When I was looking for my first “up-and-coming interviewee” it was hard not to notice Sarra Cardile. Simply put, the girl is everywhere. From her impressive placement in the “Hit Like a Girl Contest” and participation in the “World’s Fastest Drummer Competition” at Summer NAMM, to her ongoing support of the “Breast Cancer Can Stick It Drummathon” Sarra is one busy drummer. Even more impressive is that fact that she has established herself as a highly respected musician at the age of 22. I came to know Sarra through my friend and co-author Rich Redmond who is her mentor. Anyone who watches her videos online can instantly tell that this girl is serious about pursuing her career. Sarra is one of the most active up-and-coming drummers on the scene. I got the opportunity to ask her some questions about how she got to where she is and where she sees herself going in the future.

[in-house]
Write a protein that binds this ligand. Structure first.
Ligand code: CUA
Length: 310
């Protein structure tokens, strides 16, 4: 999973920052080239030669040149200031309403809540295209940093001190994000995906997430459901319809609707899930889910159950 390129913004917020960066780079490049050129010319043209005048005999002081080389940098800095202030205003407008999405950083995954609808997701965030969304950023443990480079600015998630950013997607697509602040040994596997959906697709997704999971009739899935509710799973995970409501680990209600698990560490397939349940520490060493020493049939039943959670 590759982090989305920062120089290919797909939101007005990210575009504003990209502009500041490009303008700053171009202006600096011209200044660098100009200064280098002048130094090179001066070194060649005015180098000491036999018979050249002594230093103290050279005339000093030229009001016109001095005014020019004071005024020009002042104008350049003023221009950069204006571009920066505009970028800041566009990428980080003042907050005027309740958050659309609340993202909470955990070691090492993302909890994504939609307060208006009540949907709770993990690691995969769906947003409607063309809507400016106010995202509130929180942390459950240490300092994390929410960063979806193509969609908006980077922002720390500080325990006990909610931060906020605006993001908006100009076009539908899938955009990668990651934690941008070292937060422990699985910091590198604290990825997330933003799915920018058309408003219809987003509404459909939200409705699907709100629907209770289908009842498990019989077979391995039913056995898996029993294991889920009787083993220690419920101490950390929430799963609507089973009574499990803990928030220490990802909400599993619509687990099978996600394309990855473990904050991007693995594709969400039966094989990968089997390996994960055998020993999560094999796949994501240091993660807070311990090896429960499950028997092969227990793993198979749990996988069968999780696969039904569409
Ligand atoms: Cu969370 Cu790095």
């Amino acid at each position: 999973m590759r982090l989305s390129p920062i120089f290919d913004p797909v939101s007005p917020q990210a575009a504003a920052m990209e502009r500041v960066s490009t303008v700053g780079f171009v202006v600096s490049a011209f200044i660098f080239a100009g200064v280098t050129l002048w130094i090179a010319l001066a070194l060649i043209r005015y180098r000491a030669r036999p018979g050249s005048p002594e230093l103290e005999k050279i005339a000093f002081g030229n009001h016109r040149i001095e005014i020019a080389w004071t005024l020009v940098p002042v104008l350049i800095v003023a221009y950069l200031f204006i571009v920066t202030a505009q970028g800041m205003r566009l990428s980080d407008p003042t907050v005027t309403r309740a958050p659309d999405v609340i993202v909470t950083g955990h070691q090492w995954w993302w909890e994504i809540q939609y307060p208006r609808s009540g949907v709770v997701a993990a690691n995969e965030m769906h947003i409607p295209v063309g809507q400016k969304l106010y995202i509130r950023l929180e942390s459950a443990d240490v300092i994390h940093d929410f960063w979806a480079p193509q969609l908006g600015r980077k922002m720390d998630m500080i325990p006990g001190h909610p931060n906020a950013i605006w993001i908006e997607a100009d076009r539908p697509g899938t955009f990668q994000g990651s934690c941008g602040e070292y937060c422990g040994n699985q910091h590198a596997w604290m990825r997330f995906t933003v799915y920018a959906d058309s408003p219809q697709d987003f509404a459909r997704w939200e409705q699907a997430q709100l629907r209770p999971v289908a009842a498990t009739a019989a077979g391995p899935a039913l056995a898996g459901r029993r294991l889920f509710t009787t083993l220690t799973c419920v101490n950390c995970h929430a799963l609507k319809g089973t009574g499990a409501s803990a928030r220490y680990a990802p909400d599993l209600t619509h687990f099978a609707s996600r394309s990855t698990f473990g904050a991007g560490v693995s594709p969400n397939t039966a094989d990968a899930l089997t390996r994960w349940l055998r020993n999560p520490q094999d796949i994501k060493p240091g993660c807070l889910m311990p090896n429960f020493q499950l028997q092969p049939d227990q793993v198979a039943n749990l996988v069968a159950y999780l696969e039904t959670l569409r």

As you can tell by now, I’m a history nerd. One of the most enjoyable things about writing history books is conducting research. That is my favorite part. The writing is just part of the process. This includes spending time exploring archives and museums. Recently I was made aware of a museum that focuses on drums and percussion. It’s called the Rhythm! Discovery Center and it’s managed by the Percussive Arts Society. The Rhythm! Discovery Center features unique, interactive exhibits highlighting a rich collection of historic artifacts and hands-on percussion instruments. It also offers a diverse array of educational programming designed to supplement its interactive exhibits, providing a place for everyone to learn about playing techniques, delve into individual instruments, and enjoy musical performances from local and national performing groups. I was impressed with their online exhibit on the history of rudiments: http://rhythmdiscoverycenter.org/its-rudimentary/. The Rhythm! Discovery Center features something for anyone interested in drums and percussion and can also be rented for special events. The museum is located in downtown Indianapolis, Indiana. For more information, visit them online at: http://rhythmdiscoverycenter.org/.